Targeting Inflammation to Treat Cardiovascular Aging (TIVA)
Cardiovascular disease (CVD) is the leading cause of morbidity and mortality in the United States with older age being a primary risk factor. The number of adults greater than age 65 years will almost double to 70 million by 2030, therefore identifying therapeutic strategies for treating or preventing age-related disorders in humans is of major biomedical importance. Cardiovascular aging, defined as a reduction in vascular and cardiac functions with normal aging, occurs even in the absence of CVD risk factors and overt CVD. A key feature of cardiovascular aging is stiffening of the large elastic central arteries such as the aorta (the large blood vessel that leaves the heart and supplies blood to the body). This is important because aortic stiffness directly contributes to clinical problems such as increased blood pressure, reduced blood flow to the heart muscle, and thickening of the heart muscle. Therefore, these clinical consequences are hypothesized to mediate a substantial proportion of the increase in CVD risk in older adults. However, effective drug treatments for aortic stiffness are not currently available and the biological reasons (mechanisms) involved in causing aortic stiffening remain undefined. In addition, the inability of smaller blood vessels to relax, impairment of the heart to relax during the filling phase of the heart cycle (i.e., diastole), and increased blood pressure variability (fluctuations in blood pressure through the day), have all been linked to aortic stiffness. Furthermore, chronic low-grade inflammation with advancing age has been proposed to be a common mechanistic link (i.e., biological reason) between these reductions in cardiovascular function in older adults. Therefore, the investigators propose that inflammation could be a novel therapeutic target to treat cardiovascular aging in older adults. Our central hypothesis is that inflammation mediates the age-related deterioration in cardiovascular functions observed with advancing age through the development of oxidative stress (i.e., imbalance between cellular production of damaging oxygen free radicals vs. protective antioxidants). Our hypothesis predicts that chronic inhibition of inflammation with Salsalate, an FDA-approved anti-inflammatory drug similar to aspirin that is typically used to treat rheumatoid arthritis pain and known to inhibit the 'master' regulator of inflammation in the cell (i.e., nuclear factor kappa B), will improve cardiovascular function in older adults. In addition, the investigators hypothesize that the mechanism for the improvement in cardiovascular function during inhibition of inflammation will be by suppressing oxidative stress. To test our hypothesis, the investigators will randomize older healthy adults (age 50-79 years) to 3 g/day of salsalate or placebo (i.e., pill with inactive substance) pills for 4 weeks and have cardiovascular function measured at baseline and again after 4 weeks.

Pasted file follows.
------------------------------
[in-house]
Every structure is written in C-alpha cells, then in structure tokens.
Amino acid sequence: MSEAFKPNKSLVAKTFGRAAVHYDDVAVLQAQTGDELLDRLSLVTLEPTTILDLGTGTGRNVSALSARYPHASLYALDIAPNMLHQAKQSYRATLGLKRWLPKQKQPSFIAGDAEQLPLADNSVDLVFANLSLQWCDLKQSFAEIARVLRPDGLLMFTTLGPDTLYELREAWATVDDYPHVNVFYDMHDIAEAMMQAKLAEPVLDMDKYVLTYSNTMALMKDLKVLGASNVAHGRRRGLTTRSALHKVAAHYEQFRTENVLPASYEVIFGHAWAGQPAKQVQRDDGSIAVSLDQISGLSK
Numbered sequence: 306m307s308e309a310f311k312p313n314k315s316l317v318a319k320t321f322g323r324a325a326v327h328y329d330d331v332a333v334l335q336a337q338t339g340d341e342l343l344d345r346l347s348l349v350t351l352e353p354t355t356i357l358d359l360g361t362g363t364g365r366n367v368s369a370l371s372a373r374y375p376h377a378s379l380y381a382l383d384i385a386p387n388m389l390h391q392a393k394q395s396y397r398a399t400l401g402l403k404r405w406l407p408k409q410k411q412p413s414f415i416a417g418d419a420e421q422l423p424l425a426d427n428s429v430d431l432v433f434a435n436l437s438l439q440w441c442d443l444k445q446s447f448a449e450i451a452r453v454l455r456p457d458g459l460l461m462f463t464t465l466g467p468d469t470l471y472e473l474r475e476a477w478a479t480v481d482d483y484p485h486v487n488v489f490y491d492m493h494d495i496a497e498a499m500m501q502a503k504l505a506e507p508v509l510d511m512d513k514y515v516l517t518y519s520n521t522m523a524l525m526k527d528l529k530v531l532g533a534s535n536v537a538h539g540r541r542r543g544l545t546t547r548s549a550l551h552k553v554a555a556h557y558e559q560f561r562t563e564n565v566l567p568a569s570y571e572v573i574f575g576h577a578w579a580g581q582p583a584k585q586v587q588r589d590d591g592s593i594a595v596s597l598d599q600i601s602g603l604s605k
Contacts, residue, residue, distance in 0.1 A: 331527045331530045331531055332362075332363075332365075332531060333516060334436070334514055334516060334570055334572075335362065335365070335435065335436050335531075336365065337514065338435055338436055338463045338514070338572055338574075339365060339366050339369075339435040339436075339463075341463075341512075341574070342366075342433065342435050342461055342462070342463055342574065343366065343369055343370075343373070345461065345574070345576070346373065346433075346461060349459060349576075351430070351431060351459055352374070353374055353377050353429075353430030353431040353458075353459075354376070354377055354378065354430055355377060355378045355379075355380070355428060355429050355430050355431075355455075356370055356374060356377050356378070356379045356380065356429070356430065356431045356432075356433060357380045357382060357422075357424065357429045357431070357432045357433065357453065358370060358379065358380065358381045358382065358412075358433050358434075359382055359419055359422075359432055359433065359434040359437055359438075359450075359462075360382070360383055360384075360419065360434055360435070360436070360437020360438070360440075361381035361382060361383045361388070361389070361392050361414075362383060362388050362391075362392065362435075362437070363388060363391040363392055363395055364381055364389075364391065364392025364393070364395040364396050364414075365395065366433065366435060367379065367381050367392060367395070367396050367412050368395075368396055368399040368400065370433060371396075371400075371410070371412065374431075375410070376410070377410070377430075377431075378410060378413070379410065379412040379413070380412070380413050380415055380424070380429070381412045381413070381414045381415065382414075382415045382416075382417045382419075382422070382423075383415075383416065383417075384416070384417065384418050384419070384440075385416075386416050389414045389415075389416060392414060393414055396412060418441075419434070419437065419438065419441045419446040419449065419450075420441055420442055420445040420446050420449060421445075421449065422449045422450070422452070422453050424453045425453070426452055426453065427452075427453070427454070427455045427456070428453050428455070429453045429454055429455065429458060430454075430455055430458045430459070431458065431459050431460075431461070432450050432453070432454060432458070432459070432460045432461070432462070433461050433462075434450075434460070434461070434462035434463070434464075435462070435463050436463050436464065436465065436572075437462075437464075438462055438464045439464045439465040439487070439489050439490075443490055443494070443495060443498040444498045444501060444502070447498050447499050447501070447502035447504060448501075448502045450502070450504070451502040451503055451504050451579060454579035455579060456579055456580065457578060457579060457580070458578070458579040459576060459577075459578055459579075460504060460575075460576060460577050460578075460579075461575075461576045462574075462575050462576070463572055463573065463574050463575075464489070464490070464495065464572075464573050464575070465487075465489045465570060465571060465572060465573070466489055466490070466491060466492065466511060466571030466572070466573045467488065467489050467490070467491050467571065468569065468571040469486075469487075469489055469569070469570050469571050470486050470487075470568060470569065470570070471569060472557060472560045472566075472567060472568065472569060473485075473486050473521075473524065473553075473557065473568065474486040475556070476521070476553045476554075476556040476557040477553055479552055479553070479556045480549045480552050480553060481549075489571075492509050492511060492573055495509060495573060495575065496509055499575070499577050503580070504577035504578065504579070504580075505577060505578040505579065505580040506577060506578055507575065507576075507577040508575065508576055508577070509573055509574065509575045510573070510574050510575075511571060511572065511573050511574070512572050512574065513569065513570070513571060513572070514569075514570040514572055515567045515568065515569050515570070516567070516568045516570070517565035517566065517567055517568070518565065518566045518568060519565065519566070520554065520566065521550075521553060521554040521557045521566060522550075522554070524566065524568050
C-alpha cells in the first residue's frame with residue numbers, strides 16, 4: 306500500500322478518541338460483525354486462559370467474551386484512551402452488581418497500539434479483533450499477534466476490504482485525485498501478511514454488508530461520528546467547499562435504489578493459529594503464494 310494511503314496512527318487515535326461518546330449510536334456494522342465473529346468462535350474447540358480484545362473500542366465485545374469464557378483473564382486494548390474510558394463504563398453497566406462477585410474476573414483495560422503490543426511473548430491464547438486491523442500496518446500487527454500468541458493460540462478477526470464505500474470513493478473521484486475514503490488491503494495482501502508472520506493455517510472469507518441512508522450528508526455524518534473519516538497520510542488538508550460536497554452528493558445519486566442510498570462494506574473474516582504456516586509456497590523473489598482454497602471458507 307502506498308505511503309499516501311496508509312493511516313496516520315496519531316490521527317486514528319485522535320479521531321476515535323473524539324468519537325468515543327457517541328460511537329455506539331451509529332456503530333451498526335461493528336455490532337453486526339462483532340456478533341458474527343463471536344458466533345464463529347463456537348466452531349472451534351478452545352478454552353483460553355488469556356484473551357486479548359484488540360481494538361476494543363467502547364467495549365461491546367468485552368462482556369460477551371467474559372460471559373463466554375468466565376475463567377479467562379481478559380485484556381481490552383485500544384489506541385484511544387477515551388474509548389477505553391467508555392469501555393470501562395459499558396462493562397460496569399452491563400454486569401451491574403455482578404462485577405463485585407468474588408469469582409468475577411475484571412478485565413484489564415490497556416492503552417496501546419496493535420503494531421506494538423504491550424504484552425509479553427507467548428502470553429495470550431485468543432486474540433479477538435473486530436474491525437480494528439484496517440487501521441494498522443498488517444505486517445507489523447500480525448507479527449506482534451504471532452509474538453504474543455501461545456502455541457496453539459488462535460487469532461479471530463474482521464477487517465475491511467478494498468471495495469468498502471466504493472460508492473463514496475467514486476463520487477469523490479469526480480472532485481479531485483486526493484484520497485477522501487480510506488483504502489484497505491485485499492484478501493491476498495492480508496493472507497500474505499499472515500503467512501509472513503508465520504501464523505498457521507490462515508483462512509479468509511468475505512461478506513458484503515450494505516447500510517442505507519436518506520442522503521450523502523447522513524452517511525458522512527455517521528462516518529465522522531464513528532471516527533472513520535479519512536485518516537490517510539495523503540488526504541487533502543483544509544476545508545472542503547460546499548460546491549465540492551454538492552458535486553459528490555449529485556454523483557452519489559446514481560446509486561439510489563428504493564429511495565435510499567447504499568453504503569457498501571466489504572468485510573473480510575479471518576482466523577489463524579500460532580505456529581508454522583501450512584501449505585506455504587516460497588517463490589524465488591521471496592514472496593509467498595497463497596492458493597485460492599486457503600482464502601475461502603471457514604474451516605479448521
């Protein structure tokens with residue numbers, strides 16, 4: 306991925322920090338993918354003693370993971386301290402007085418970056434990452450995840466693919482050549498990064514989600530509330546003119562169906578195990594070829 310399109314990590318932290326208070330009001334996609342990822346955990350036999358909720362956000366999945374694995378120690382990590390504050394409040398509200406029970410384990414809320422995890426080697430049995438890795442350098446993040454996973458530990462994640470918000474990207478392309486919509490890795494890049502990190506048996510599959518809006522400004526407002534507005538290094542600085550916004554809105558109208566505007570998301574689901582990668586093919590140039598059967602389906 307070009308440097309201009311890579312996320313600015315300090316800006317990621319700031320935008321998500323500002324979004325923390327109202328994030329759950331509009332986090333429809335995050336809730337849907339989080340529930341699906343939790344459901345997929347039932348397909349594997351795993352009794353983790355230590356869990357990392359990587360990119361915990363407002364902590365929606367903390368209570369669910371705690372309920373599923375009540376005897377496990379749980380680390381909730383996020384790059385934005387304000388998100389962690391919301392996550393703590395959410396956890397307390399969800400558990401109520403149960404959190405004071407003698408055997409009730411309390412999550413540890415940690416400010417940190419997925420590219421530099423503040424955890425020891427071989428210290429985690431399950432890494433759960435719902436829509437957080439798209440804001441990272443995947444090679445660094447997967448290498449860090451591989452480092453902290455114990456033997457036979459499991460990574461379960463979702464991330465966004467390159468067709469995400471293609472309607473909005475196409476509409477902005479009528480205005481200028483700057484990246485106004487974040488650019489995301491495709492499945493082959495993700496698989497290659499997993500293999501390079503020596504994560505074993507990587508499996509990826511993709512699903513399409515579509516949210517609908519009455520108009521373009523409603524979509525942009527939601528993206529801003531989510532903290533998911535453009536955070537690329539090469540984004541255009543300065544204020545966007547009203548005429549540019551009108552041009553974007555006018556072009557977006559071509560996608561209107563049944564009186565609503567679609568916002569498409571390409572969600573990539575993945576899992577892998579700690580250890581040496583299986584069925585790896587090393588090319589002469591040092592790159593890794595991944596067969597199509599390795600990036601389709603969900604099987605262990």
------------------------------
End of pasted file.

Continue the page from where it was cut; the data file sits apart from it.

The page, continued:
Drug: Placebo (for salsalate)
|Study Design:||Allocation: Randomized
Endpoint Classification: Efficacy Study